Sept 27 (Reuters) – Billionaire Ken Griffin’s Citadel will take a tougher stance against the U.S. Securities and Exchange Commission and is willing to take the regulator to court over its WhatsApp probe, Bloomberg News reported on Wednesday citing people familiar with the matter.

The SEC has collected thousands of staff messages from more than a dozen major investment companies, escalating its probe into Wall Street’s use of private messaging apps to discuss work, Reuters had reported earlier this week.

The firms targeted by the SEC include Carlyle Group (CG.O) , Apollo Global Management(APO.N), KKR & Co (KKR.N), TPG (TPG.O), and Blackstone(BX.N), as well as some hedge funds such as Citadel.

A spokesperson from the SEC declined to comment. Citadel did not immediately respond to a Reuters request for comment.

The Miami-based firm would be the first to take the SEC to court over allegations of untracked communications, the report added, in contrast to almost two dozen banks that have chosen to pay hefty settlements over the last couple of years.

Reporting by Pritam Biswas in Bengaluru; Editing by Krishna Chandra Eluri

© Thomson Reuters 2023

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Apple’s App Store Missing From List Mobile Storefronts Submitting Filings to China’s CAC Under New Rules

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A total of 26 app stores operated by companies including Tencent, Huawei, Baidu, Xiaomi and Samsung have submitted filings to the authority.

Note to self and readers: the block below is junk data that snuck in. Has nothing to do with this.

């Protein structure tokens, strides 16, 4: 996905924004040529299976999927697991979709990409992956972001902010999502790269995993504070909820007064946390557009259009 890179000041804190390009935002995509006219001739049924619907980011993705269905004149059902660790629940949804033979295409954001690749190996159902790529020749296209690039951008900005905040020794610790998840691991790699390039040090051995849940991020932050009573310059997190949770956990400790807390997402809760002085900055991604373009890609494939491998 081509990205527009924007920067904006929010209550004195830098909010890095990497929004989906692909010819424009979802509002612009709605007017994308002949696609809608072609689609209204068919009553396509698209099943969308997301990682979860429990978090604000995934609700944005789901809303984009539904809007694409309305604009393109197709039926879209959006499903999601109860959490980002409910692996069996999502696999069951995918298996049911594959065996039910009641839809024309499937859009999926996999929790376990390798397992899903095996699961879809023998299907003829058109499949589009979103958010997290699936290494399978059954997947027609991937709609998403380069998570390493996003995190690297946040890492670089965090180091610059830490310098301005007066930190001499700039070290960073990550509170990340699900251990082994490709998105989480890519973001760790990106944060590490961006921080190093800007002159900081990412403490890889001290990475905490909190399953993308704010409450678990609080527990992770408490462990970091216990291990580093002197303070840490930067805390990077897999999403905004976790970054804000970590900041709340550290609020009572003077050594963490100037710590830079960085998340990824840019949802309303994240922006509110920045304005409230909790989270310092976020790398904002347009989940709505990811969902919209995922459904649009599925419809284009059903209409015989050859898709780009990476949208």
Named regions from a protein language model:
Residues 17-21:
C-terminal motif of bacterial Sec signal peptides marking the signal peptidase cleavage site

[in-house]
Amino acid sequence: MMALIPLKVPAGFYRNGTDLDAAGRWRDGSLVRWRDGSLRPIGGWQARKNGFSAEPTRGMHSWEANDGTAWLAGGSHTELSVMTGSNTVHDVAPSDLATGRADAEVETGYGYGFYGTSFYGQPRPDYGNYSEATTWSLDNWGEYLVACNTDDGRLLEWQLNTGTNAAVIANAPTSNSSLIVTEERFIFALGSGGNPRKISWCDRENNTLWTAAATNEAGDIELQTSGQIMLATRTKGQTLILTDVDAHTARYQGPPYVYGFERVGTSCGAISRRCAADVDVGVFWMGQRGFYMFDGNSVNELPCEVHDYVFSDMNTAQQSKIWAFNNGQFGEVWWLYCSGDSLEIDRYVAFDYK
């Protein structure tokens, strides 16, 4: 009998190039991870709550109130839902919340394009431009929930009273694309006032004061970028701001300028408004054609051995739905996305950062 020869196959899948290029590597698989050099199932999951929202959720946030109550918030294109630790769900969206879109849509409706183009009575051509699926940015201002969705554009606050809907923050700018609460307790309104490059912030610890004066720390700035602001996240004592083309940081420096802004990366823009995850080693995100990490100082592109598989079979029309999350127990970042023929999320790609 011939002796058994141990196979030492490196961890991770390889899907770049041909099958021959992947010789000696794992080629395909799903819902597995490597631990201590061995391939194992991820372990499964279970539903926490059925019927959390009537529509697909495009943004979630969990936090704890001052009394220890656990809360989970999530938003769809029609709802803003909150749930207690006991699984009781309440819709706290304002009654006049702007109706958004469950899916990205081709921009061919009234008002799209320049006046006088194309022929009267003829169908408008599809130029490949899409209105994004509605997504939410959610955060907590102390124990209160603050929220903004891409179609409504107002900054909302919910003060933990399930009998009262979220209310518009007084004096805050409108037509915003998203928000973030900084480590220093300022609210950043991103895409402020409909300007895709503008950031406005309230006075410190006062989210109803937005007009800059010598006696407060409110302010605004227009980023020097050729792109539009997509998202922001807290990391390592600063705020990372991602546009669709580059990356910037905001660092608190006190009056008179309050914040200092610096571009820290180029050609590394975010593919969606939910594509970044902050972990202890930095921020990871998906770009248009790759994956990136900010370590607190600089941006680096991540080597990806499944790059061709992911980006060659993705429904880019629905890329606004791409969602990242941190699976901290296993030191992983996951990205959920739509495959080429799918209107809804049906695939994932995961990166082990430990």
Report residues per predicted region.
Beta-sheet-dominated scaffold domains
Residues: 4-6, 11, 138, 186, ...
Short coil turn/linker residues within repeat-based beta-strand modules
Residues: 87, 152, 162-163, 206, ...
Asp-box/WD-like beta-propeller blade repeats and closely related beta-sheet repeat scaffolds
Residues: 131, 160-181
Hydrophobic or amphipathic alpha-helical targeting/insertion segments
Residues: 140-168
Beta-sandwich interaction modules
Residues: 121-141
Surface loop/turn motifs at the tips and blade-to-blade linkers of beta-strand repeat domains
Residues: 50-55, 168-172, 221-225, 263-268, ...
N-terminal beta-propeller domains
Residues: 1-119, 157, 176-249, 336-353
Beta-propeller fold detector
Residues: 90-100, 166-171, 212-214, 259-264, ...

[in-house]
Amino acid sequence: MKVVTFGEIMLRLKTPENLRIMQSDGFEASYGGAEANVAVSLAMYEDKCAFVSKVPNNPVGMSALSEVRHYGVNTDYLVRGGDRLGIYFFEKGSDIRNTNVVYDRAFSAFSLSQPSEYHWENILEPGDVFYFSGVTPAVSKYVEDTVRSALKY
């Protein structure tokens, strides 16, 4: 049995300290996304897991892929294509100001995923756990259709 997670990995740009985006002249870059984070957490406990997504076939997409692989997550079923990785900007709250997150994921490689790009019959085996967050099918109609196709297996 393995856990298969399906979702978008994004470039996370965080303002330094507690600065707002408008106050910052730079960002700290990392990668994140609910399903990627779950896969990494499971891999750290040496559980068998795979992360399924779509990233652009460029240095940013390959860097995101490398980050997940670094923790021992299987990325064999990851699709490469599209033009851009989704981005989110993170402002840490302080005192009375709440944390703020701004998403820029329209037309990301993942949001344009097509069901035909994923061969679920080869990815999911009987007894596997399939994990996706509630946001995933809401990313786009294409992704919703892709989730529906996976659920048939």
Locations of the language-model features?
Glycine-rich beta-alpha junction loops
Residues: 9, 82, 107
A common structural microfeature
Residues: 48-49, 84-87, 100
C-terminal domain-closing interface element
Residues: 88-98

By Reuters | Updated: 27 September 2023

China’s cyberspace regulator released on Wednesday names of the first batch of mobile app stores that have completed filing business details to regulators, signalling it has begun to enforce new rules that expand its oversight of mobile apps.

A total of 26 app stores operated by companies including Tencent, Huawei, Ant Group, Baidu, Xiaomi and Samsung have submitted filings to the authority, according to the Cyberspace Administration of China (CAC).

Apple’s App Store is not among the app stores on the list. Apple did not immediately respond to Reuters’ request for comment.

China’s cyberspace regulator released on Wednesday names of the first batch of mobile app stores that have completed filing business details to regulators, signalling it has begun to enforce new rules that expand its oversight of mobile apps.

A total of 26 app stores operated by companies including Tencent, Huawei, Ant Group, Baidu, Xiaomi and Samsung have submitted filings to the authority, according to the Cyberspace Administration of China (CAC).

Apple’s App Store is not among the app stores on the list. Apple did not immediately respond to Reuters’ request for comment.

In August this year, the Ministry of Industry and Information Technology published another notice requiring mobile apps to complete filing by the end of March.

Earlier this month, Reuters reported that app stores operated by companies including Tencent and Huawei have started demanding apps on their app stores comply with the new rules.

Apple has not disclosed how its app store in China will comply with Beijing’s new rules. Experts said Apple’s compliance could lead to tens of thousands of apps being removed from Apple’s App Store in China.


© Thomson Reuters 2023